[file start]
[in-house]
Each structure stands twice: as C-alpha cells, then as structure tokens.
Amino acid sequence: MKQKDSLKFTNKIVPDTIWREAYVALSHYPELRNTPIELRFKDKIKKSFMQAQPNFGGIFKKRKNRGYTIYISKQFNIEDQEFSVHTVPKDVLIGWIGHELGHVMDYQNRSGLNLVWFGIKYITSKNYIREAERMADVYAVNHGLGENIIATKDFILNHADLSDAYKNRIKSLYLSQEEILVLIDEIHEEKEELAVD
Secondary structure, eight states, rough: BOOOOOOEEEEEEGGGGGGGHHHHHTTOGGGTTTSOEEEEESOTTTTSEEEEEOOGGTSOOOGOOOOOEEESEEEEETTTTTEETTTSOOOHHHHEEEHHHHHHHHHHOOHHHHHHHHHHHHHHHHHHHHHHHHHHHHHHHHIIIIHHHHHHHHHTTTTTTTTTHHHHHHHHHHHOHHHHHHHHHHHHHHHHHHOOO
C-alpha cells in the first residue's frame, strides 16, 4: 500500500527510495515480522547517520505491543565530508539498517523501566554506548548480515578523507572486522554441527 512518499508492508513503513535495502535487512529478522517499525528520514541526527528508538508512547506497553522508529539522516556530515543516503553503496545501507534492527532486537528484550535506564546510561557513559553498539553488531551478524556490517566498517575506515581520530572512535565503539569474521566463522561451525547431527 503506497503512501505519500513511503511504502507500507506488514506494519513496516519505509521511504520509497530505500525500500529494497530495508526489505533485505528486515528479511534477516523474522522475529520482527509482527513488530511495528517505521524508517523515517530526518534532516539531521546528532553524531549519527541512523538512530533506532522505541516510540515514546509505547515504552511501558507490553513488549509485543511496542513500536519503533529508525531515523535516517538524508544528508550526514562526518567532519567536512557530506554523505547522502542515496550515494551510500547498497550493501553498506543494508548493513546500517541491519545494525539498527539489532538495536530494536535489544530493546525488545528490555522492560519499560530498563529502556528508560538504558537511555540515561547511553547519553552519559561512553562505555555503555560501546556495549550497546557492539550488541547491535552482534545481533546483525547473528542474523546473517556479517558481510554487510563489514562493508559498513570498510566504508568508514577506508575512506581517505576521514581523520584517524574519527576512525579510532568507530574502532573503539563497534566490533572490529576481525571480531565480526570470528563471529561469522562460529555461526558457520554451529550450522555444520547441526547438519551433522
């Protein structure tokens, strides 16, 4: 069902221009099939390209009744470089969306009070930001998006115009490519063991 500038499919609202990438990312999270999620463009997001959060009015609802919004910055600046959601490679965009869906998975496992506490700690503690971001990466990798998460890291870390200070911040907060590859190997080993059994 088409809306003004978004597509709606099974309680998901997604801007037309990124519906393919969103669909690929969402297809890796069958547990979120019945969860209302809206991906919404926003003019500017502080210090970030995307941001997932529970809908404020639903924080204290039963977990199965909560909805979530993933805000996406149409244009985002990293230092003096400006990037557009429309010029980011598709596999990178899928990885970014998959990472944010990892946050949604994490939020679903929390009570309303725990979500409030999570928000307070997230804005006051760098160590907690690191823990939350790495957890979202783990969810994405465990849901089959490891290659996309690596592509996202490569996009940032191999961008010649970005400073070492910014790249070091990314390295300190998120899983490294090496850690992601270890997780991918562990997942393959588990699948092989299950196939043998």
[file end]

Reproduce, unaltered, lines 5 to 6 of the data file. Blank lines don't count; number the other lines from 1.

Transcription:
C-alpha cells in the first residue's frame, strides 16, 4: 500500500527510495515480522547517520505491543565530508539498517523501566554506548548480515578523507572486522554441527 512518499508492508513503513535495502535487512529478522517499525528520514541526527528508538508512547506497553522508529539522516556530515543516503553503496545501507534492527532486537528484550535506564546510561557513559553498539553488531551478524556490517566498517575506515581520530572512535565503539569474521566463522561451525547431527 503506497503512501505519500513511503511504502507500507506488514506494519513496516519505509521511504520509497530505500525500500529494497530495508526489505533485505528486515528479511534477516523474522522475529520482527509482527513488530511495528517505521524508517523515517530526518534532516539531521546528532553524531549519527541512523538512530533506532522505541516510540515514546509505547515504552511501558507490553513488549509485543511496542513500536519503533529508525531515523535516517538524508544528508550526514562526518567532519567536512557530506554523505547522502542515496550515494551510500547498497550493501553498506543494508548493513546500517541491519545494525539498527539489532538495536530494536535489544530493546525488545528490555522492560519499560530498563529502556528508560538504558537511555540515561547511553547519553552519559561512553562505555555503555560501546556495549550497546557492539550488541547491535552482534545481533546483525547473528542474523546473517556479517558481510554487510563489514562493508559498513570498510566504508568508514577506508575512506581517505576521514581523520584517524574519527576512525579510532568507530574502532573503539563497534566490533572490529576481525571480531565480526570470528563471529561469522562460529555461526558457520554451529550450522555444520547441526547438519551433522
């Protein structure tokens, strides 16, 4: 069902221009099939390209009744470089969306009070930001998006115009490519063991 500038499919609202990438990312999270999620463009997001959060009015609802919004910055600046959601490679965009869906998975496992506490700690503690971001990466990798998460890291870390200070911040907060590859190997080993059994 088409809306003004978004597509709606099974309680998901997604801007037309990124519906393919969103669909690929969402297809890796069958547990979120019945969860209302809206991906919404926003003019500017502080210090970030995307941001997932529970809908404020639903924080204290039963977990199965909560909805979530993933805000996406149409244009985002990293230092003096400006990037557009429309010029980011598709596999990178899928990885970014998959990472944010990892946050949604994490939020679903929390009570309303725990979500409030999570928000307070997230804005006051760098160590907690690191823990939350790495957890979202783990969810994405465990849901089959490891290659996309690596592509996202490569996009940032191999961008010649970005400073070492910014790249070091990314390295300190998120899983490294090496850690992601270890997780991918562990997942393959588990699948092989299950196939043998």